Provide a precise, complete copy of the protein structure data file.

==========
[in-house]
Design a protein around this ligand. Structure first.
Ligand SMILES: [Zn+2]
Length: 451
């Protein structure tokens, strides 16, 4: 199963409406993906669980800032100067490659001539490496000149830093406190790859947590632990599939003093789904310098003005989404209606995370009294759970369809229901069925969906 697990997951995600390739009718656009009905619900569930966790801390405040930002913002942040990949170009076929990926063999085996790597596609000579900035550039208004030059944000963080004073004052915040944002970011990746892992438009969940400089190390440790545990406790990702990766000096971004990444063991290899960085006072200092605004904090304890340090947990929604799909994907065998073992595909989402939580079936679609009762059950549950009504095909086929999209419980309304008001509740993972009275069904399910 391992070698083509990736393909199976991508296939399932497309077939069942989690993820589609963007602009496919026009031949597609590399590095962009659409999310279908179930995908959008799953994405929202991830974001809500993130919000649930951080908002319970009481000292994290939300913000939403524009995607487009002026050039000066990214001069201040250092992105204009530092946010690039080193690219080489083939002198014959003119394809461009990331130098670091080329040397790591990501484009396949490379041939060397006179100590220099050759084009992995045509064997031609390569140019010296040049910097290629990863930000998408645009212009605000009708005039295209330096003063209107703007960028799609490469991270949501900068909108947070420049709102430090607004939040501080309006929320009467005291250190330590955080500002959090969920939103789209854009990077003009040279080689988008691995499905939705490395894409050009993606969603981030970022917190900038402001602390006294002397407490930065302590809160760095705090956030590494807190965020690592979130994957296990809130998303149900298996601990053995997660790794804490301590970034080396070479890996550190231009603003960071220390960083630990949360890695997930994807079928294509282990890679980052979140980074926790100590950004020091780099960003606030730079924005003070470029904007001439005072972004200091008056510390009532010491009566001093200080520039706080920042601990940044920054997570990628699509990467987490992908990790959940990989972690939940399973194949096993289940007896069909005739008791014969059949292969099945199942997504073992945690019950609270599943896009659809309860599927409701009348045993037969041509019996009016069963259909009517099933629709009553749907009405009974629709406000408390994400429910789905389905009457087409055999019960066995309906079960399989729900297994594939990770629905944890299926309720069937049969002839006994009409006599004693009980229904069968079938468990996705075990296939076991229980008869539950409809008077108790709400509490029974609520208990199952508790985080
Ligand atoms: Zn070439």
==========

[in-house]
Design a protein around this ligand. Structure first.
Ligand SMILES: [Zn+2]
Length: 451
């Protein structure tokens, strides 16, 4: 199963409406993906669980800032100067490659001539490496000149830093406190790859947590632990599939003093789904310098003005989404209606995370009294759970369809229901069925969906 697990997951995600390739009718656009009905619900569930966790801390405040930002913002942040990949170009076929990926063999085996790597596609000579900035550039208004030059944000963080004073004052915040944002970011990746892992438009969940400089190390440790545990406790990702990766000096971004990444063991290899960085006072200092605004904090304890340090947990929604799909994907065998073992595909989402939580079936679609009762059950549950009504095909086929999209419980309304008001509740993972009275069904399910 391992070698083509990736393909199976991508296939399932497309077939069942989690993820589609963007602009496919026009031949597609590399590095962009659409999310279908179930995908959008799953994405929202991830974001809500993130919000649930951080908002319970009481000292994290939300913000939403524009995607487009002026050039000066990214001069201040250092992105204009530092946010690039080193690219080489083939002198014959003119394809461009990331130098670091080329040397790591990501484009396949490379041939060397006179100590220099050759084009992995045509064997031609390569140019010296040049910097290629990863930000998408645009212009605000009708005039295209330096003063209107703007960028799609490469991270949501900068909108947070420049709102430090607004939040501080309006929320009467005291250190330590955080500002959090969920939103789209854009990077003009040279080689988008691995499905939705490395894409050009993606969603981030970022917190900038402001602390006294002397407490930065302590809160760095705090956030590494807190965020690592979130994957296990809130998303149900298996601990053995997660790794804490301590970034080396070479890996550190231009603003960071220390960083630990949360890695997930994807079928294509282990890679980052979140980074926790100590950004020091780099960003606030730079924005003070470029904007001439005072972004200091008056510390009532010491009566001093200080520039706080920042601990940044920054997570990628699509990467987490992908990790959940990989972690939940399973194949096993289940007896069909005739008791014969059949292969099945199942997504073992945690019950609270599943896009659809309860599927409701009348045993037969041509019996009016069963259909009517099933629709009553749907009405009974629709406000408390994400429910789905389905009457087409055999019960066995309906079960399989729900297994594939990770629905944890299926309720069937049969002839006994009409006599004693009980229904069968079938468990996705075990296939076991229980008869539950409809008077108790709400509490029974609520208990199952508790985080
Ligand atoms: Zn070439």